God, Lord of all creation, lover of life and of everything, please help us to love in our very small way what You love infinitely and everywhere. We thank You that we can offer just this one prayer and that will be more than enough,  because in reality every thing and every one is connected, and nothing stands alone. To pray for one part is really to pray for the whole, and so we do. Help us each day to stand for love, for healing, for the good, for the diverse unity of the Body of Christ and all creation, because we know this is what You desire: as Jesus prayed, that all may be one. We offer our prayer together with all the holy names of God, we offer our prayer together with Christ, our Lord, Amen.

Listen to the prayer.


Navigate by Date

This year’s theme

A candle being lit

Radical Resilience

We live in a world on fire. This year the Daily Meditations will explore contemplation as a way to build Radical Resilience so we can stand in solidarity with the world without burning up or burning out. The path ahead may be challenging, but we can walk it together.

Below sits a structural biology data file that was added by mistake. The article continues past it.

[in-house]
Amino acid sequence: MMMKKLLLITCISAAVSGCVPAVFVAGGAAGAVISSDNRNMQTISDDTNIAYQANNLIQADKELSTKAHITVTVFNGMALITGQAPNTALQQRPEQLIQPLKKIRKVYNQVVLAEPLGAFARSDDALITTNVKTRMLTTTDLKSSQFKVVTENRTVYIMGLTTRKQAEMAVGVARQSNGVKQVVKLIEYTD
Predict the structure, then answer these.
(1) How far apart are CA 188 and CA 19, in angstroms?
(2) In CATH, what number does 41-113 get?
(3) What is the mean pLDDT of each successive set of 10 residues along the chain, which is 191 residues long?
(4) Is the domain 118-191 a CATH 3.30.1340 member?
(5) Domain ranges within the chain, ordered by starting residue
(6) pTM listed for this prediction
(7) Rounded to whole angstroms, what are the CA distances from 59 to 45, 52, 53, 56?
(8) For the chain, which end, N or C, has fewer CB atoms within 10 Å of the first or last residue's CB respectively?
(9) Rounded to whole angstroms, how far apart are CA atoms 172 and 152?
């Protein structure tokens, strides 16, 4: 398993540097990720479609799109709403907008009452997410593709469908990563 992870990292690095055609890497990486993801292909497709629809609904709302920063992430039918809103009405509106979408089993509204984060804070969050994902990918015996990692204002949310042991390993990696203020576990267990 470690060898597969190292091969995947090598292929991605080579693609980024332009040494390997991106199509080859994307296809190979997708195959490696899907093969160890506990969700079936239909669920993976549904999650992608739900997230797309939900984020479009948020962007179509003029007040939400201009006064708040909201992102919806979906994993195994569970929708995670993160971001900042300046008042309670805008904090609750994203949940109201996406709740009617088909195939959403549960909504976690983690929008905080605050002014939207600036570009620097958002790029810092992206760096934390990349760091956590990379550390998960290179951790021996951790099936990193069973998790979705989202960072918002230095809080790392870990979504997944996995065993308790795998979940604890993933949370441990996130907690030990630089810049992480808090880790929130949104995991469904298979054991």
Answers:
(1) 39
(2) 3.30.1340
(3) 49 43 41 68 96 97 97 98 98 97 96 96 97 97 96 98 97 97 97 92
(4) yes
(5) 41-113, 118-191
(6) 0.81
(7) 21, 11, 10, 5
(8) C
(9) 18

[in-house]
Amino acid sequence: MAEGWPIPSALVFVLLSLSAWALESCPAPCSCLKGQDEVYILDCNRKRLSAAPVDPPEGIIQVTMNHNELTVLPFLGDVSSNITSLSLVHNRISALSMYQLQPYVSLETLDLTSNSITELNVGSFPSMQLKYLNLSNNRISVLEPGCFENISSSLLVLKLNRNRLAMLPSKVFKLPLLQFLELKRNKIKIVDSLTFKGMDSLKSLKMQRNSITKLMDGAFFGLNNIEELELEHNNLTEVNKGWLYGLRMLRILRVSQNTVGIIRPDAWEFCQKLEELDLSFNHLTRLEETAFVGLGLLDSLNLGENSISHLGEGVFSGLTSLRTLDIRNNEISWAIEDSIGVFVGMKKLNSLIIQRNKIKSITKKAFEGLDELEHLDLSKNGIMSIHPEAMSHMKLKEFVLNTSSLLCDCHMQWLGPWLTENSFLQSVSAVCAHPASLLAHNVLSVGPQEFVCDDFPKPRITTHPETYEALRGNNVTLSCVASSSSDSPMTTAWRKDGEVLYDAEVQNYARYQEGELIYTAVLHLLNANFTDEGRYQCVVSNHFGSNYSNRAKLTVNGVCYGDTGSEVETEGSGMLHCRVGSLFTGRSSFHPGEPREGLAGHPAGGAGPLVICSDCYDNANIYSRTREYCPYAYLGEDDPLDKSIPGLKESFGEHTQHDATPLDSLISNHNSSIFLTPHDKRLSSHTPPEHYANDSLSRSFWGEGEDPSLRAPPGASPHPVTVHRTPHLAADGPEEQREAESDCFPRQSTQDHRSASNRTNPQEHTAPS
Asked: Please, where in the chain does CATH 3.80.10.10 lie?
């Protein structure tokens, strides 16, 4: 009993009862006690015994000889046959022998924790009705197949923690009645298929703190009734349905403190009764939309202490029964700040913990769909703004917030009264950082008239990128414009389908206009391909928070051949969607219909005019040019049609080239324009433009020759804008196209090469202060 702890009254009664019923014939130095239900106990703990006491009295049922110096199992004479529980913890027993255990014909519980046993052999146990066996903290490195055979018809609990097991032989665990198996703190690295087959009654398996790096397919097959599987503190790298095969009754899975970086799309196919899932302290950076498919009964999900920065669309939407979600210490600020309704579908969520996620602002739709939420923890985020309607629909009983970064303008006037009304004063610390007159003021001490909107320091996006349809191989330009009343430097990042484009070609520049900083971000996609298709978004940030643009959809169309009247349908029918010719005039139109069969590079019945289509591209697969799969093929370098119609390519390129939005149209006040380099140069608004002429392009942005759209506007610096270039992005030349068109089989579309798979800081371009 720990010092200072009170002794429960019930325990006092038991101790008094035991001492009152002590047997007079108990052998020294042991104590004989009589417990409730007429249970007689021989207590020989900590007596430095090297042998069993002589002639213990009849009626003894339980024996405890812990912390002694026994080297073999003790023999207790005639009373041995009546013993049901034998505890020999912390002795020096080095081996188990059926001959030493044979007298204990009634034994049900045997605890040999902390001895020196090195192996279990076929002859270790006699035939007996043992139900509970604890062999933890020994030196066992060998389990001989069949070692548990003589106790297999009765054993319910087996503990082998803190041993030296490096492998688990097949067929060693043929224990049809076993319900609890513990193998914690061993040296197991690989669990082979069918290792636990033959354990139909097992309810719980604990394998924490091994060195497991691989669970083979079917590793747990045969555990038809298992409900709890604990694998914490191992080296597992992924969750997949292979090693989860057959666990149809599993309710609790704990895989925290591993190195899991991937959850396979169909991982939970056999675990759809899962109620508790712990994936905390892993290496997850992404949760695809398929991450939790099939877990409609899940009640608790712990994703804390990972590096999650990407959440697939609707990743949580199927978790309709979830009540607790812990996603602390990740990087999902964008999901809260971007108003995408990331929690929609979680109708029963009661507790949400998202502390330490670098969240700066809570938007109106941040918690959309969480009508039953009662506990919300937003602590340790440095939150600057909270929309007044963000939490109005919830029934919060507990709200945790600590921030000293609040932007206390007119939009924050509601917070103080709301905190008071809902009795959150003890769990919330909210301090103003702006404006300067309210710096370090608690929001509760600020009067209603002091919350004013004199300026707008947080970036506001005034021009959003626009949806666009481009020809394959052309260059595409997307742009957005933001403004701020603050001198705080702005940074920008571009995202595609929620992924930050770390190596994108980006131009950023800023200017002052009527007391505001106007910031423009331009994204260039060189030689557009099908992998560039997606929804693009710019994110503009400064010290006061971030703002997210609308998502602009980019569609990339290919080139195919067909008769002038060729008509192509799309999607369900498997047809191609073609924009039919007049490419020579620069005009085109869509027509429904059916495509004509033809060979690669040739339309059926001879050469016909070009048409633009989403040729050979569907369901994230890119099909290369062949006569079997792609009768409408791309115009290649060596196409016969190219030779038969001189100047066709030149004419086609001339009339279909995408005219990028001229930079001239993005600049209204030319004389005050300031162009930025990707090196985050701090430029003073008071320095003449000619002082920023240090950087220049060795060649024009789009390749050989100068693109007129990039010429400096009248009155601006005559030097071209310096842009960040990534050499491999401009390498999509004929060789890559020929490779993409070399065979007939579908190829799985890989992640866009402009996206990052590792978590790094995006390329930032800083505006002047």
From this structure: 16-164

The archives

Explore the Daily Meditations

Explore past meditations and annual themes by browsing the Daily Meditations archive. Explore by topic or use the search bar to find wisdom from specific teachers.

Join our email community

Sign-up to receive the Daily Meditations, featuring reflections on the wisdom and practices of the Christian contemplative tradition.

Hidden Fields

Find out about upcoming courses, registration dates, and new online courses.
Our theme this year is Radical Resilience. How do we tend our inner flame so we can stand in solidarity with the world without burning up or out? Meditations are emailed every day of the week, including the Weekly Summary on Saturday. Each week builds on previous topics, but you can join at any time.
In a world of fault lines and fractures, how do we expand our sense of self to include love, healing, and forgiveness—not just for ourselves or those like us, but for all? This monthly email features wisdom and stories from the emerging Christian contemplative movement. Join spiritual seekers from around the world and discover your place in the Great Story Line connecting us all in the One Great Life. Conspirare. Breathe with us.